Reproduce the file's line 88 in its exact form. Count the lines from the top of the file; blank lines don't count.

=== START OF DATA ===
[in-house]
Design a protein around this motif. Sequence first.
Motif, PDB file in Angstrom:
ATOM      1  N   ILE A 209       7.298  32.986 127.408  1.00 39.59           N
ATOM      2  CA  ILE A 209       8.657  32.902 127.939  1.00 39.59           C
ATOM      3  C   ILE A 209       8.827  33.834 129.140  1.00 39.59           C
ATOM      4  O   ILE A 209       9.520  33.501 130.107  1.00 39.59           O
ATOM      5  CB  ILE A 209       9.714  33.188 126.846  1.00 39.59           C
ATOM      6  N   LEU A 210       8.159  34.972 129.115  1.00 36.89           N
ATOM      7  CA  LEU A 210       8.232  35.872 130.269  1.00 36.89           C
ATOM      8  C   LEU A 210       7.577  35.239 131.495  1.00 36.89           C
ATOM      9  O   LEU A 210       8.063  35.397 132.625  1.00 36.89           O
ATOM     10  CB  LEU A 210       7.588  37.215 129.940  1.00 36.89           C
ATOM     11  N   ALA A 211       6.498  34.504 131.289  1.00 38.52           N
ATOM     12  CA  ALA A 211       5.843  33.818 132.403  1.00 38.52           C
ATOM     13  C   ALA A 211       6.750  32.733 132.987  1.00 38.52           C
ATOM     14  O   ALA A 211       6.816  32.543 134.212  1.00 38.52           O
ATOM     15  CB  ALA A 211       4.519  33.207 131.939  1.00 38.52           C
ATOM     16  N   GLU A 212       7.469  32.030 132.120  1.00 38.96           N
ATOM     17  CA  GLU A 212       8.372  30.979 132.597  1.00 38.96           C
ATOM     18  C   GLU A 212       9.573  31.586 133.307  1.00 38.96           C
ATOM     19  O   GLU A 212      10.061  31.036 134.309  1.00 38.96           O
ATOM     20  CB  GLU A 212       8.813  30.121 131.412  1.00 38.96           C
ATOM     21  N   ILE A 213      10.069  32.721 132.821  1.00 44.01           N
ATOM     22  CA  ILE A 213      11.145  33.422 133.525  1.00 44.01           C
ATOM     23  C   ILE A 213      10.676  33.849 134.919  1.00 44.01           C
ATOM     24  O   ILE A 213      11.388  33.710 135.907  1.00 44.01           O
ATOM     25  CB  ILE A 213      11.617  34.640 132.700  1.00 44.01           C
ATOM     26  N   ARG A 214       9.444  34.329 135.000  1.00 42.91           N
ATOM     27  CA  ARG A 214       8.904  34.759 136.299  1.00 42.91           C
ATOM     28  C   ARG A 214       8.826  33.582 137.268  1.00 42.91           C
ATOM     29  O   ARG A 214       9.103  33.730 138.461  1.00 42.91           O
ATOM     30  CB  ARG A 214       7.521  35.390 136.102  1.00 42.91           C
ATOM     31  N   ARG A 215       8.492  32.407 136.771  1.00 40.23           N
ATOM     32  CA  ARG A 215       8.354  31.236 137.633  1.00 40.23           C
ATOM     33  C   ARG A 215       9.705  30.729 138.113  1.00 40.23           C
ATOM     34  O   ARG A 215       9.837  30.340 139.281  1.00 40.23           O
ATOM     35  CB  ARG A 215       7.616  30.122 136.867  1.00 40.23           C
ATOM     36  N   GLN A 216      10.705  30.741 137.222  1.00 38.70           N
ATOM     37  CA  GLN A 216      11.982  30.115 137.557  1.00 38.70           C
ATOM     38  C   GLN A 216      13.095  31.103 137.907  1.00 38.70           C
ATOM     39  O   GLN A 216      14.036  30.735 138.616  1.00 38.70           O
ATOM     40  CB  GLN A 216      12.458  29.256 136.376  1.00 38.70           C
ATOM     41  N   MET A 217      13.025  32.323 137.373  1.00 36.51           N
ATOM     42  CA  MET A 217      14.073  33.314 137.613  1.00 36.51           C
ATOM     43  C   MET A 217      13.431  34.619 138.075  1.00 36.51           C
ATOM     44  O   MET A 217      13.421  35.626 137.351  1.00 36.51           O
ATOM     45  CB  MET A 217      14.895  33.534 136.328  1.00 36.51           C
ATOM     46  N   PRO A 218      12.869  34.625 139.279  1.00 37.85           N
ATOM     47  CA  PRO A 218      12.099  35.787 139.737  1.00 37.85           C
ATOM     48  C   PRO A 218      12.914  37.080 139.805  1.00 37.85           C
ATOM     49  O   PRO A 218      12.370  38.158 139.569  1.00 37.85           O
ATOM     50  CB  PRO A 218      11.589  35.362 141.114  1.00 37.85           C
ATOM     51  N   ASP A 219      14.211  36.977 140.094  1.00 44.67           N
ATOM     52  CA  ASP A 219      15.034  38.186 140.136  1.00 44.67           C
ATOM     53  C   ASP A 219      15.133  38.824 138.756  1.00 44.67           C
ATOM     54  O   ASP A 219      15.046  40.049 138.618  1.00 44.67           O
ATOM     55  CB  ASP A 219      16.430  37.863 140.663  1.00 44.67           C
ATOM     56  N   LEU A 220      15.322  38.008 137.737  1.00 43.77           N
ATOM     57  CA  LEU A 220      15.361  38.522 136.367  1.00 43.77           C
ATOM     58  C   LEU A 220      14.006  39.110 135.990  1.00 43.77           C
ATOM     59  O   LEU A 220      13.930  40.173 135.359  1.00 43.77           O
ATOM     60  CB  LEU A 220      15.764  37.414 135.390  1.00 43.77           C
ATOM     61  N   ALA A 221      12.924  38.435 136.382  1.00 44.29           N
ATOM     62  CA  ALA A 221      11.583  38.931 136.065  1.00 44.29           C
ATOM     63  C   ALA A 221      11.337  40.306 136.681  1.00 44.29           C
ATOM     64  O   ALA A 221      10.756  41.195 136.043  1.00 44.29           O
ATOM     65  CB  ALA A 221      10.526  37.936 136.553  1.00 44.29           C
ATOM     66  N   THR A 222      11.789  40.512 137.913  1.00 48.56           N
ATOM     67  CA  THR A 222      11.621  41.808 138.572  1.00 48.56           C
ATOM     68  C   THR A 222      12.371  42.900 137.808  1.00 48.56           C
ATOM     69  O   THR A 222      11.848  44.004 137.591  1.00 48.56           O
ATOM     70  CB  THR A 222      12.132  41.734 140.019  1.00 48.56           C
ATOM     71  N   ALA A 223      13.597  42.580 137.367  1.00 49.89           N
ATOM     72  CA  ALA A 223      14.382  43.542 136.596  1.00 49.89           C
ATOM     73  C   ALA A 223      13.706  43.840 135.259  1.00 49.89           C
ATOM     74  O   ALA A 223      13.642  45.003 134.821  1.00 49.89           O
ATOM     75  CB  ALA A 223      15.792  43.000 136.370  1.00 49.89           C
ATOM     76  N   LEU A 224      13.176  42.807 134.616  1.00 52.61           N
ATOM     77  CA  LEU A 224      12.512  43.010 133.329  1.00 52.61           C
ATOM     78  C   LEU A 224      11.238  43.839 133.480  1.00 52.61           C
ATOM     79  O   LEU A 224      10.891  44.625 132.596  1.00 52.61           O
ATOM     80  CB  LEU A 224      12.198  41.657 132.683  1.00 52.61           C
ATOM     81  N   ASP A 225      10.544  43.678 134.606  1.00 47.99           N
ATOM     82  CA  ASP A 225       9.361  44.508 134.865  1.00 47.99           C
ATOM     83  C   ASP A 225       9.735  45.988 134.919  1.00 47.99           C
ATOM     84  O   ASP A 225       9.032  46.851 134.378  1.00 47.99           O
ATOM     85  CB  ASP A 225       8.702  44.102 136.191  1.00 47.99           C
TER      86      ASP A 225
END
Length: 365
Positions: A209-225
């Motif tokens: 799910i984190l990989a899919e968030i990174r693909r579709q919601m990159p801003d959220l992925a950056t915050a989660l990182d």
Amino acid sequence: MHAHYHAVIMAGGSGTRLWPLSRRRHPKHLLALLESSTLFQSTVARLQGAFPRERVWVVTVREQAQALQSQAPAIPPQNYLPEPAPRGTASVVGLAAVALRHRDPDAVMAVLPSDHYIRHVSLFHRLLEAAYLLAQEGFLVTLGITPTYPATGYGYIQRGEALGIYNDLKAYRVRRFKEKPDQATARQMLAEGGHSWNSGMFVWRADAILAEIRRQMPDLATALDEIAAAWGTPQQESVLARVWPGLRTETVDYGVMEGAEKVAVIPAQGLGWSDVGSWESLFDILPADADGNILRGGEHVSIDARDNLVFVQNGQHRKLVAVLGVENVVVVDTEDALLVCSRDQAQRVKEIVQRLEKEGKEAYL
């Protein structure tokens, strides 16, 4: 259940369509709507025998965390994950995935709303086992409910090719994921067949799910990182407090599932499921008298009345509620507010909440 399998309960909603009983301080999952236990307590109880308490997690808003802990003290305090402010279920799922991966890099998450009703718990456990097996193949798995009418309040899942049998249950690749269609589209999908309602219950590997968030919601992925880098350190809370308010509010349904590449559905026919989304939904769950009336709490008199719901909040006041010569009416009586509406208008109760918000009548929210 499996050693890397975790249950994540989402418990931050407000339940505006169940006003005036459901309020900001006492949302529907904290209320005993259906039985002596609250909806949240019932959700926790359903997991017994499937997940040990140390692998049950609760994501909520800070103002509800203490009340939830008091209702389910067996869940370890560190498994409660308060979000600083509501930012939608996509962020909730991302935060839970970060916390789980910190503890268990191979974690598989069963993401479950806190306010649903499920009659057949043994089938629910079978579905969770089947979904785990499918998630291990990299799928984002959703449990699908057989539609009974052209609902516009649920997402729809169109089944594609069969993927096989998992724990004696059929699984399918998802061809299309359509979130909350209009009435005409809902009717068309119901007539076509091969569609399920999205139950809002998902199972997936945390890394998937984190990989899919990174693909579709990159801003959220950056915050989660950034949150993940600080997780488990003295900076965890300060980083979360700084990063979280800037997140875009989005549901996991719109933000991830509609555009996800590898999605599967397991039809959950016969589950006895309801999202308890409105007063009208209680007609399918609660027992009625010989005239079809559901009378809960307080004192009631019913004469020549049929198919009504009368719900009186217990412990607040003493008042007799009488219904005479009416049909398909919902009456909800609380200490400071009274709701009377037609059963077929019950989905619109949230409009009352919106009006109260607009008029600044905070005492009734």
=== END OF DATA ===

ATOM     85  CB  ASP A 225       8.702  44.102 136.191  1.00 47.99           C